My Lovely Little Village in the Heart of France
I love my little village in the heart of France, or as they say in France, in la France profonde.
I don’t get to be here all that much–just a few times a year, when I come here to meet with my Writing from the Heart students, or to spend some time with my sons in the place I just call “paradise” for short.
Essoyes is a very typical little French village in many ways (which means that actually it is a very special kind of place). It also has some special claims to distinction, most notably as the village where Renoir loved to spend his summers for much of his life.
But today I want to focus on a couple of the ordinary things that are so special to me, the things that soothe my soul and inspire me every time I am here, and cause me to fall in love with Essoyes all over again.
First of all there is the sense of continuity that is so comforting. I first came here more than 30 years ago, and I have been drawn back here for a variety of reasons for all that time. In the first period, I came here often. Then there was a 16-year period when I was not able to come at all. When I came back then after such a long time, I harbored a secret fear that it would have changed a great deal in my absence.
I need not have feared. One of the things I love most about Essoyes is that, as in much of France, change happens, but it happens slowly and thoughtfully. There is not “progress” for the sake of progress, with no thought given to whether that “progress” will actually make things better or worse.
Along with recognition that change is both inevitable and good, there is recognition that respect for the past is also important. So change happens, but it does not happen haphazardly. It happens slowly, deliberately, and with respect for local and traditional aesthetics.
This time one of the things that is new is that the Petit Casino grocery that used to be on the corner in the main square in the center of town has now moved to a larger new building a short walk away, toward the edge of the village. Probably some villagers do not like this. My guess is that most of them do: certainly they are continuing to shop in the new store, which is run by the same kind, friendly grocer and his wife who ran the old store. “The new store is good for you?” I asked him today, not having seen him since before the new store opened. “It’s good for everyone,” he answered, smiling.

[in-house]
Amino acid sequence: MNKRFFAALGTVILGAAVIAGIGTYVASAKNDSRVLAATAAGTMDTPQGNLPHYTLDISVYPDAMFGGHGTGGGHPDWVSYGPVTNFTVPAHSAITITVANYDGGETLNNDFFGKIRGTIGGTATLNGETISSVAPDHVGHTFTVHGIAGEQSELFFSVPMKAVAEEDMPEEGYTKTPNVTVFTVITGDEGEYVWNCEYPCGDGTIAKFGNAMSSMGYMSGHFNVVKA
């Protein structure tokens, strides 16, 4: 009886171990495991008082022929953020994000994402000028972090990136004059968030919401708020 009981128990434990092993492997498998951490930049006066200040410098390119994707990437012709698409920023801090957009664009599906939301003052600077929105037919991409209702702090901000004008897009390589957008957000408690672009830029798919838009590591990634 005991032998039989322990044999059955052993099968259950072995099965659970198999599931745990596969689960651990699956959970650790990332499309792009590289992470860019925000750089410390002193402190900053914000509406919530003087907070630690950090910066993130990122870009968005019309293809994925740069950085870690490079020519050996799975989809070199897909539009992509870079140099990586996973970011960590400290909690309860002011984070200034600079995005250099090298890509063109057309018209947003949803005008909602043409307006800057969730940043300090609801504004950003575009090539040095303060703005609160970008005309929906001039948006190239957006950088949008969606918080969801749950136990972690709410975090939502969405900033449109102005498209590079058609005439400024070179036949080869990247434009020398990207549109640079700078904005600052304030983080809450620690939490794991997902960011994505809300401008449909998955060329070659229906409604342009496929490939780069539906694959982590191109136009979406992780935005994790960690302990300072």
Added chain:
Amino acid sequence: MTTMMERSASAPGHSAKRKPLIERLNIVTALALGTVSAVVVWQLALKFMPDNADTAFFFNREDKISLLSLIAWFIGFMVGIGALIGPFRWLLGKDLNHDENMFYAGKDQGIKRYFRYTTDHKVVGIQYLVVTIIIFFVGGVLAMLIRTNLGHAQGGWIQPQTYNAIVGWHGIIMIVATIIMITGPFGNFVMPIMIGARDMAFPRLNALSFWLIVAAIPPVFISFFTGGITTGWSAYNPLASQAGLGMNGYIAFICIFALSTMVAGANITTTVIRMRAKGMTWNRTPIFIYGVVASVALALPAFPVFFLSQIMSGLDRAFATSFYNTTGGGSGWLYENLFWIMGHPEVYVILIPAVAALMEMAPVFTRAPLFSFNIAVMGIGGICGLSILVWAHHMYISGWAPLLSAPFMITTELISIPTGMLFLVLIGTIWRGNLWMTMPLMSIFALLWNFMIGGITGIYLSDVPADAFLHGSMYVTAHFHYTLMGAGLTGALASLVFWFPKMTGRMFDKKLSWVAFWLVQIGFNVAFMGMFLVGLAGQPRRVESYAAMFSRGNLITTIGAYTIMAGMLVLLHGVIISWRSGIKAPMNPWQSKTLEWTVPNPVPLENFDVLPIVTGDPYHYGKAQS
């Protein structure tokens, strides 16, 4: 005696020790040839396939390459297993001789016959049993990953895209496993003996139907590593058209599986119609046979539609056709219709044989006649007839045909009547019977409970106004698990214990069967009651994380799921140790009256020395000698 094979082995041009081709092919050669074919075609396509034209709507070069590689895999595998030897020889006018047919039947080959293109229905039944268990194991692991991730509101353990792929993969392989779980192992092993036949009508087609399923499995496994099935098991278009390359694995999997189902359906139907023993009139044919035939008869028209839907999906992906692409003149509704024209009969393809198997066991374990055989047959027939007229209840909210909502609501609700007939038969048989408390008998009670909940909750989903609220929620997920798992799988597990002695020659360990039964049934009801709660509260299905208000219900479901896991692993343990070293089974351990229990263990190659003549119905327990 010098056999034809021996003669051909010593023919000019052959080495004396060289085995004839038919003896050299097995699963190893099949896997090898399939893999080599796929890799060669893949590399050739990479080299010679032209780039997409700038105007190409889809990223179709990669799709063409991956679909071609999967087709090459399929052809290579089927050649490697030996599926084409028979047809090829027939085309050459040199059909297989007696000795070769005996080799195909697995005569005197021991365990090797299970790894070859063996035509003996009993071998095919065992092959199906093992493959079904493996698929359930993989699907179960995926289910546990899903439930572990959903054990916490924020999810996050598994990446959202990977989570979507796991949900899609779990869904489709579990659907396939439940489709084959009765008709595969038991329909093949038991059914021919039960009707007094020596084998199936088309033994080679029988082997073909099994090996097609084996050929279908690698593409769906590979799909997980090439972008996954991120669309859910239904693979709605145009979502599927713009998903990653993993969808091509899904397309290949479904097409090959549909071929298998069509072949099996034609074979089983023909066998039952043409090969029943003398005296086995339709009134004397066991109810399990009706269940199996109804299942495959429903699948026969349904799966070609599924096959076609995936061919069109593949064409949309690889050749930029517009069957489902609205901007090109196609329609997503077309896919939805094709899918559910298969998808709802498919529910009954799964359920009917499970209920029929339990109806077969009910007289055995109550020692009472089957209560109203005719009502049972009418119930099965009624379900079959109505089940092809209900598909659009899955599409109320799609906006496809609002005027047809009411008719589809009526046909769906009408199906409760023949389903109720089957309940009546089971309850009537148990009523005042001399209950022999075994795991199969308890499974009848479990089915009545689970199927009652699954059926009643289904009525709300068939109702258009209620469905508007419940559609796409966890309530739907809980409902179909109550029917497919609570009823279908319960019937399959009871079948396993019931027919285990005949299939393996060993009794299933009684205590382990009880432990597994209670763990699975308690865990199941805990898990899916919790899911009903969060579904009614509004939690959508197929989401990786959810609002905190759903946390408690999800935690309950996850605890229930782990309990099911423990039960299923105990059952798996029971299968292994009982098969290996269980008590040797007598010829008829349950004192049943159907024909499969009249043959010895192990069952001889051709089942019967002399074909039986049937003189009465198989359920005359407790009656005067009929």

What is not new is the reliability of the lovely bells that ring out from the church on the hour, the quarter hour, the half hour, and the three-quarters hour, marking the passage of time, reminding villagers when the shops are about to close for lunch, when they will reopen again for the early evening hours, when it is time to go to bed, when it is time to get up again. Hearing those bells again makes me feel grounded in a way that is deeply comforting and feels quite simply, right.
What is also not new is the text carved into the stone wall of a building I walk by every day on my way to the village from our place. “Posée par Emile Barré, age 11 ans, 1 mai 1872” it says on one of the stones. And every time I read it a little boy, aged 11 in 1872, remains alive for me in some kind of wonderful way. I don’t know what he looked like, or Essoyes looked like then, what private griefs or joys were his, how long he lived and whether his life was on the whole happy and successful, or not.
I do know that he lived, that he was a boy, a boy who lived in Essoyes; that on the first day of May in 1872 there was an important occasion, the construction of a building that would last well into the future; and that someone thought that this boy, and this day, were important enough to grant them this little piece of immortality, this connection between past and future.
There is more, so much more, to say about Essoyes. There will be more to come on another day.
Janet Hulstrand is a writer, editor and teacher of writing and literature based in Silver Spring, Maryland. She teaches literature courses in Paris, Hawaii, and Cuba for the Education Abroad program at Queens College, CUNY, and Writing from the Heart workshops in a beautiful little village in the Champagne region of France. You can read more of her work about France, about Paris, and about the Champagne region, at Bonjour Paris and Smithsonian.com.